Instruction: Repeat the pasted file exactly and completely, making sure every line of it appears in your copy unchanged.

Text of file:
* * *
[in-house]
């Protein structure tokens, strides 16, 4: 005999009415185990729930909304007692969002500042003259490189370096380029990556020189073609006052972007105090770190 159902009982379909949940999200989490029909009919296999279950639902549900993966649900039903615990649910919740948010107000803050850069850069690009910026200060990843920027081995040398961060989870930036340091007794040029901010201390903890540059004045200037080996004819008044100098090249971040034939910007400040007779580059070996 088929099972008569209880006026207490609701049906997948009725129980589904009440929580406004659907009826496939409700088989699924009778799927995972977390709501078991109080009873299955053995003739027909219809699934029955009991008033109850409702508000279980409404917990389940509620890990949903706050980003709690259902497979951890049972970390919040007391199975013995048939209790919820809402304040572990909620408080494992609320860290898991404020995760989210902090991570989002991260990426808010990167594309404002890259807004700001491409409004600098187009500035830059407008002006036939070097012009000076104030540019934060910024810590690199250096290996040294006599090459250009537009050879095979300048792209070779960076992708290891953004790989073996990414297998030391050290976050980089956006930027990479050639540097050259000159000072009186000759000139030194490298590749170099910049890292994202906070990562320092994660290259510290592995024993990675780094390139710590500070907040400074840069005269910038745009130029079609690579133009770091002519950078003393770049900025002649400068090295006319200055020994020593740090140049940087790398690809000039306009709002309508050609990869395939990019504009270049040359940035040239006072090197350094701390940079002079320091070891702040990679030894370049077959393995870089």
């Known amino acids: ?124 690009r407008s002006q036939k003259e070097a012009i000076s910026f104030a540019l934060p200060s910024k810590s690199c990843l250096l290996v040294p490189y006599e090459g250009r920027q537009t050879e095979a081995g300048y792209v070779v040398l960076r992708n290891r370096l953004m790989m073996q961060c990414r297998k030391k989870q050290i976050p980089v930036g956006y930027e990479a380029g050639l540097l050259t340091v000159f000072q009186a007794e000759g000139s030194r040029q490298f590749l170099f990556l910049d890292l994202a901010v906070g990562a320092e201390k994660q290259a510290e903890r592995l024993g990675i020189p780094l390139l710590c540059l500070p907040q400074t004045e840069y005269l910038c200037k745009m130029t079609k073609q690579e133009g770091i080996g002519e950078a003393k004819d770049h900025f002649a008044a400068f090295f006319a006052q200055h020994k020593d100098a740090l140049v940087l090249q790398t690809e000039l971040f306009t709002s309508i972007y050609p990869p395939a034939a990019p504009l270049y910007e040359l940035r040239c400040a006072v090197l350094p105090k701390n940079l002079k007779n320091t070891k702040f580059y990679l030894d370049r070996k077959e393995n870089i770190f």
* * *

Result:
[in-house]
């Protein structure tokens, strides 16, 4: 005999009415185990729930909304007692969002500042003259490189370096380029990556020189073609006052972007105090770190 159902009982379909949940999200989490029909009919296999279950639902549900993966649900039903615990649910919740948010107000803050850069850069690009910026200060990843920027081995040398961060989870930036340091007794040029901010201390903890540059004045200037080996004819008044100098090249971040034939910007400040007779580059070996 088929099972008569209880006026207490609701049906997948009725129980589904009440929580406004659907009826496939409700088989699924009778799927995972977390709501078991109080009873299955053995003739027909219809699934029955009991008033109850409702508000279980409404917990389940509620890990949903706050980003709690259902497979951890049972970390919040007391199975013995048939209790919820809402304040572990909620408080494992609320860290898991404020995760989210902090991570989002991260990426808010990167594309404002890259807004700001491409409004600098187009500035830059407008002006036939070097012009000076104030540019934060910024810590690199250096290996040294006599090459250009537009050879095979300048792209070779960076992708290891953004790989073996990414297998030391050290976050980089956006930027990479050639540097050259000159000072009186000759000139030194490298590749170099910049890292994202906070990562320092994660290259510290592995024993990675780094390139710590500070907040400074840069005269910038745009130029079609690579133009770091002519950078003393770049900025002649400068090295006319200055020994020593740090140049940087790398690809000039306009709002309508050609990869395939990019504009270049040359940035040239006072090197350094701390940079002079320091070891702040990679030894370049077959393995870089």
């Known amino acids: ?124 690009r407008s002006q036939k003259e070097a012009i000076s910026f104030a540019l934060p200060s910024k810590s690199c990843l250096l290996v040294p490189y006599e090459g250009r920027q537009t050879e095979a081995g300048y792209v070779v040398l960076r992708n290891r370096l953004m790989m073996q961060c990414r297998k030391k989870q050290i976050p980089v930036g956006y930027e990479a380029g050639l540097l050259t340091v000159f000072q009186a007794e000759g000139s030194r040029q490298f590749l170099f990556l910049d890292l994202a901010v906070g990562a320092e201390k994660q290259a510290e903890r592995l024993g990675i020189p780094l390139l710590c540059l500070p907040q400074t004045e840069y005269l910038c200037k745009m130029t079609k073609q690579e133009g770091i080996g002519e950078a003393k004819d770049h900025f002649a008044a400068f090295f006319a006052q200055h020994k020593d100098a740090l140049v940087l090249q790398t690809e000039l971040f306009t709002s309508i972007y050609p990869p395939a034939a990019p504009l270049y910007e040359l940035r040239c400040a006072v090197l350094p105090k701390n940079l002079k007779n320091t070891k702040f580059y990679l030894d370049r070996k077959e393995n870089i770190f």